Practice Note: The majority here comprised the same two judges who ruled against the ITC in the original panel decision in Suprema ( IP Update, Vol. 16, No. 12), and Judge O'Malley (who authored the panel decision here) wrote the dissent in the Suprema en banc decision. Suprema is cited in the body of the ClearCorrect opinion solely for the notion that § 337 regulates international commerce, and that the ITC has authority to interpret its enabling statute where ambiguous. Finally, the majority noted, as in the original Suprema panel opinion, that the intervenor could seek relief in district court. The ITC may of course petition for en banc review (as it did in Suprema).

Federal Circuit Panel Rejects ITC Assertion Of Authority Over Intangible Articles

The content of this article is intended to provide a general guide to the subject matter. Specialist advice should be sought about your specific circumstances.

To print this article, all you need is to be registered on Mondaq.com.

Click to Login as an existing user or Register so you can print this article.

Authors
 
In association with
Related Topics
 
Related Articles
 
Related Video
Up-coming Events Search
Tools
Print
Font Size:
Translation
Channels
Mondaq on Twitter
 
Register for Access and our Free Biweekly Alert for
This service is completely free. Access 250,000 archived articles from 100+ countries and get a personalised email twice a week covering developments (and yes, our lawyers like to think you’ve read our Disclaimer).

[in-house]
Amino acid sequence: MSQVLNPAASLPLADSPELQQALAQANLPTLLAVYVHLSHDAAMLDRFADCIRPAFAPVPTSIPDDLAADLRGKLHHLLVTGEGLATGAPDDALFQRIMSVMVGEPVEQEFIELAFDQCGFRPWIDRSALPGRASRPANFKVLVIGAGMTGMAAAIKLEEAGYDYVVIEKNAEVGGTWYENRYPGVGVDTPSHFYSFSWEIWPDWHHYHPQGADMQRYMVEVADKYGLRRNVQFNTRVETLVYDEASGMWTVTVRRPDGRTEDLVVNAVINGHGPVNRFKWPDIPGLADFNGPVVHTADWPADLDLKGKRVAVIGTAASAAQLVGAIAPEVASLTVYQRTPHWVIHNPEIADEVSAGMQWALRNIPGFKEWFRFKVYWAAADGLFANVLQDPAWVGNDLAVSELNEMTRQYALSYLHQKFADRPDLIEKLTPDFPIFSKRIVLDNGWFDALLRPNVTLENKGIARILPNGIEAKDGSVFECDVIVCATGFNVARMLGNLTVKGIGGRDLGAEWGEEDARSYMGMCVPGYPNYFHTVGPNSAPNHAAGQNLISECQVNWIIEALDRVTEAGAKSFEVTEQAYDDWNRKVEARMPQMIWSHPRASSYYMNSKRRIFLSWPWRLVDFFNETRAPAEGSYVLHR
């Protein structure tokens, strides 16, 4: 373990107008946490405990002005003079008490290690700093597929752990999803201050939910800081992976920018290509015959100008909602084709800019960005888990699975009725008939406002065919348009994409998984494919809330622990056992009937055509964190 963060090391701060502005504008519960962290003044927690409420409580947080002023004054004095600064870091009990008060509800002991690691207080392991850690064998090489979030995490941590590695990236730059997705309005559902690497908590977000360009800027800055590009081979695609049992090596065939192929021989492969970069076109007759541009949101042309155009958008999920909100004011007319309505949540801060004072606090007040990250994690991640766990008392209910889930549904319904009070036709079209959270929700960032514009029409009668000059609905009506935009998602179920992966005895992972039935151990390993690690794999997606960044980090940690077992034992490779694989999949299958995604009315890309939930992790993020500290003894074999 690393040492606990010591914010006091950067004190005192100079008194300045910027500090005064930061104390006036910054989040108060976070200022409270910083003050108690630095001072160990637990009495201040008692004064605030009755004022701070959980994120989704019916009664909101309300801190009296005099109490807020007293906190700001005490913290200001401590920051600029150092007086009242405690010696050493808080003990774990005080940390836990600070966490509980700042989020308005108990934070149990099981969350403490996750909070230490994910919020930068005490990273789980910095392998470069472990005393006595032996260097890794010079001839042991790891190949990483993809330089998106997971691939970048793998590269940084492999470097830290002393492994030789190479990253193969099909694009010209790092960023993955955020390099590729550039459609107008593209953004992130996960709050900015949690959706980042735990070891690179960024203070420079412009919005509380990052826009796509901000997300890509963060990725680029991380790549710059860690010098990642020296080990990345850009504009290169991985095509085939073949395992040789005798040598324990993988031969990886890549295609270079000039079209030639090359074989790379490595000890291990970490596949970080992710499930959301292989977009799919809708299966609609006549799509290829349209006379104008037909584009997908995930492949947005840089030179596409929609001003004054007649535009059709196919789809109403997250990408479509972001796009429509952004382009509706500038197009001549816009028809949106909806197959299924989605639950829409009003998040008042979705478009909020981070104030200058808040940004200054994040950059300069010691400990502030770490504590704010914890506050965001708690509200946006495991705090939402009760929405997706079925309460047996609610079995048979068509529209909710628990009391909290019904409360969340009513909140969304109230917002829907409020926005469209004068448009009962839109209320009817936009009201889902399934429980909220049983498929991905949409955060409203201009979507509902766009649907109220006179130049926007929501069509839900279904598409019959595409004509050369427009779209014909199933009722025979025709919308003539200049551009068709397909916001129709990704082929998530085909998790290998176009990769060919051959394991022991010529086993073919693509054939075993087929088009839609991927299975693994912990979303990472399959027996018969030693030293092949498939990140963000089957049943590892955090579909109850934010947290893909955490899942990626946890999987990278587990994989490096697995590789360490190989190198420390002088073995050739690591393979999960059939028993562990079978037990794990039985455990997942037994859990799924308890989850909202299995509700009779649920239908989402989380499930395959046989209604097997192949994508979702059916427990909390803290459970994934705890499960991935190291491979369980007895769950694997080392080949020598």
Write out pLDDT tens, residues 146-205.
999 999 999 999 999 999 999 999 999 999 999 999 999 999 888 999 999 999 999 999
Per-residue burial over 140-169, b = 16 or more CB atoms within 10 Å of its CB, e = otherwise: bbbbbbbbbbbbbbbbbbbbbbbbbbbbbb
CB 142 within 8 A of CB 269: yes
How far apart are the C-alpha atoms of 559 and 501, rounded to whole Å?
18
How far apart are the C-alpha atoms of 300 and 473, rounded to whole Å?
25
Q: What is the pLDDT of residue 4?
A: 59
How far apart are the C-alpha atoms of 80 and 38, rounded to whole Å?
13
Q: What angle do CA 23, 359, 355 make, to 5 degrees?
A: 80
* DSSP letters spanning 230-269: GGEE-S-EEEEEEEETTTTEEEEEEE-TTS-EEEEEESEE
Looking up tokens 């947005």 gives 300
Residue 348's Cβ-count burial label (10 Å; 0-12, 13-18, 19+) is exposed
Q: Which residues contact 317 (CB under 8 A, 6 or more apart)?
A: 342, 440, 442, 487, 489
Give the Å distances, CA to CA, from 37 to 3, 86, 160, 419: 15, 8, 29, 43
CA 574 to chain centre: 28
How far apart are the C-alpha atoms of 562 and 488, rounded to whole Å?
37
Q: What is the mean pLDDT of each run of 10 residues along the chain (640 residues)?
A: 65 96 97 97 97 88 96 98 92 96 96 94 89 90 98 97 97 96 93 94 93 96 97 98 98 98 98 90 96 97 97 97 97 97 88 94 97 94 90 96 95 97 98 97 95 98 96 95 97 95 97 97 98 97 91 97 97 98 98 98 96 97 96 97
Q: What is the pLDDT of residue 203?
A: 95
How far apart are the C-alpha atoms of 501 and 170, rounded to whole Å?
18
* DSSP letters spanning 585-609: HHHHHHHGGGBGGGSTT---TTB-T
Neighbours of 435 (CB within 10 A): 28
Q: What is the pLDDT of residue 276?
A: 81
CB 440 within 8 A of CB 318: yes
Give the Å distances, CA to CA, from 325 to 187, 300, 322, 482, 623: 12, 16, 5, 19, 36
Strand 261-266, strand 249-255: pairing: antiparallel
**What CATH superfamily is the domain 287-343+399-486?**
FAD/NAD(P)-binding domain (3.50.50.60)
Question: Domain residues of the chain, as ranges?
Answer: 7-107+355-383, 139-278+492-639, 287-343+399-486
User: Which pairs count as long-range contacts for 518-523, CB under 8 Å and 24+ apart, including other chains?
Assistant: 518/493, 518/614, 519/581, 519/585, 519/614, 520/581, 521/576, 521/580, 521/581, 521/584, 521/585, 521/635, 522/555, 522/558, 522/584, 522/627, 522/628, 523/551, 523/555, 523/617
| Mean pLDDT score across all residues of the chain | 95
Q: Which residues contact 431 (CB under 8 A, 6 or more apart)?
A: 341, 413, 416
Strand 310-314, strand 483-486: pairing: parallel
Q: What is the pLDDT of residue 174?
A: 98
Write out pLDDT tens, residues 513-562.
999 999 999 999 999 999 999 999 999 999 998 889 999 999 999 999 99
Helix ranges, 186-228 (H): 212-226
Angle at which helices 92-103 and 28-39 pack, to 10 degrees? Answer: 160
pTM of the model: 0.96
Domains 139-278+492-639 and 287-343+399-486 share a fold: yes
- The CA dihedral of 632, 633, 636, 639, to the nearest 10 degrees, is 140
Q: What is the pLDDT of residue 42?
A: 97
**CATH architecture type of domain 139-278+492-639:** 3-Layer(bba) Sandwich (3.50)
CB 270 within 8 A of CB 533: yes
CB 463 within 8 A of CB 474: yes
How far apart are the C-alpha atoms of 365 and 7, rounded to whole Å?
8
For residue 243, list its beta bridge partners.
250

Email Address
Company Name
Password
Confirm Password
Position
Mondaq Topics -- Select your Interests
 Accounting
 Anti-trust
 Commercial
 Compliance
 Consumer
 Criminal
 Employment
 Energy
 Environment
 Family
 Finance
 Government
 Healthcare
 Immigration
 Insolvency
 Insurance
 International
 IP
 Law Performance
 Law Practice
 Litigation
 Media & IT
 Privacy
 Real Estate
 Strategy
 Tax
 Technology
 Transport
 Wealth Mgt
Regions
Africa
Asia
Asia Pacific
Australasia
Canada
Caribbean
Europe
European Union
Latin America
Middle East
U.K.
United States
Worldwide Updates
Registration (you must scroll down to set your data preferences)

Mondaq Ltd requires you to register and provide information that personally identifies you, including your content preferences, for three primary purposes (full details of Mondaq’s use of your personal data can be found in our Privacy and Cookies Notice):

  • To allow you to personalize the Mondaq websites you are visiting to show content ("Content") relevant to your interests.
  • To enable features such as password reminder, news alerts, email a colleague, and linking from Mondaq (and its affiliate sites) to your website.
  • To produce demographic feedback for our content providers ("Contributors") who contribute Content for free for your use.

Mondaq hopes that our registered users will support us in maintaining our free to view business model by consenting to our use of your personal data as described below.

Mondaq has a "free to view" business model. Our services are paid for by Contributors in exchange for Mondaq providing them with access to information about who accesses their content. Once personal data is transferred to our Contributors they become a data controller of this personal data. They use it to measure the response that their articles are receiving, as a form of market research. They may also use it to provide Mondaq users with information about their products and services.

Details of each Contributor to which your personal data will be transferred is clearly stated within the Content that you access. For full details of how this Contributor will use your personal data, you should review the Contributor’s own Privacy Notice.

Please indicate your preference below:

Yes, I am happy to support Mondaq in maintaining its free to view business model by agreeing to allow Mondaq to share my personal data with Contributors whose Content I access
No, I do not want Mondaq to share my personal data with Contributors